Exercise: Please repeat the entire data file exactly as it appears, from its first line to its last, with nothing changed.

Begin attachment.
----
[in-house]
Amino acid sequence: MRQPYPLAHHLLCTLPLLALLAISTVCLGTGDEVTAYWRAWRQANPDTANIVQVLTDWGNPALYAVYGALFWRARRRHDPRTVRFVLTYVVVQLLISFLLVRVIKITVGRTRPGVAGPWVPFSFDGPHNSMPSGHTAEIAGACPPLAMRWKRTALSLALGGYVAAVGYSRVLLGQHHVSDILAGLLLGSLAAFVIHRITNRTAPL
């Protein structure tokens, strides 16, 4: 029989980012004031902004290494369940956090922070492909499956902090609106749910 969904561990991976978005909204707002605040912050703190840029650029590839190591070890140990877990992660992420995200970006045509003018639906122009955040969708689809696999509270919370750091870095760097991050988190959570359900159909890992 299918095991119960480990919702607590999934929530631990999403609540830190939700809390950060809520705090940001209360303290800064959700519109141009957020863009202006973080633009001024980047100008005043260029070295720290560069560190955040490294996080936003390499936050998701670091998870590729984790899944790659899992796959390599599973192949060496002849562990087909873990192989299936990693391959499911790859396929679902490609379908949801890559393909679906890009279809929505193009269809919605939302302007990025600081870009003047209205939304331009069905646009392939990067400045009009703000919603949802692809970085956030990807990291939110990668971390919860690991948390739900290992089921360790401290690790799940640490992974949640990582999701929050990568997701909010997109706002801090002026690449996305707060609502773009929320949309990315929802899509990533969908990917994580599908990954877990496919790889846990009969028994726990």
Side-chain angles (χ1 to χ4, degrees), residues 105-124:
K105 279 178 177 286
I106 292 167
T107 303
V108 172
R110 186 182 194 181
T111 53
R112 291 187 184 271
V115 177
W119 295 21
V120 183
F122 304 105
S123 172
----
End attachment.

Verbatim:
[in-house]
Amino acid sequence: MRQPYPLAHHLLCTLPLLALLAISTVCLGTGDEVTAYWRAWRQANPDTANIVQVLTDWGNPALYAVYGALFWRARRRHDPRTVRFVLTYVVVQLLISFLLVRVIKITVGRTRPGVAGPWVPFSFDGPHNSMPSGHTAEIAGACPPLAMRWKRTALSLALGGYVAAVGYSRVLLGQHHVSDILAGLLLGSLAAFVIHRITNRTAPL
């Protein structure tokens, strides 16, 4: 029989980012004031902004290494369940956090922070492909499956902090609106749910 969904561990991976978005909204707002605040912050703190840029650029590839190591070890140990877990992660992420995200970006045509003018639906122009955040969708689809696999509270919370750091870095760097991050988190959570359900159909890992 299918095991119960480990919702607590999934929530631990999403609540830190939700809390950060809520705090940001209360303290800064959700519109141009957020863009202006973080633009001024980047100008005043260029070295720290560069560190955040490294996080936003390499936050998701670091998870590729984790899944790659899992796959390599599973192949060496002849562990087909873990192989299936990693391959499911790859396929679902490609379908949801890559393909679906890009279809929505193009269809919605939302302007990025600081870009003047209205939304331009069905646009392939990067400045009009703000919603949802692809970085956030990807990291939110990668971390919860690991948390739900290992089921360790401290690790799940640490992974949640990582999701929050990568997701909010997109706002801090002026690449996305707060609502773009929320949309990315929802899509990533969908990917994580599908990954877990496919790889846990009969028994726990």
Side-chain angles (χ1 to χ4, degrees), residues 105-124:
K105 279 178 177 286
I106 292 167
T107 303
V108 172
R110 186 182 194 181
T111 53
R112 291 187 184 271
V115 177
W119 295 21
V120 183
F122 304 105
S123 172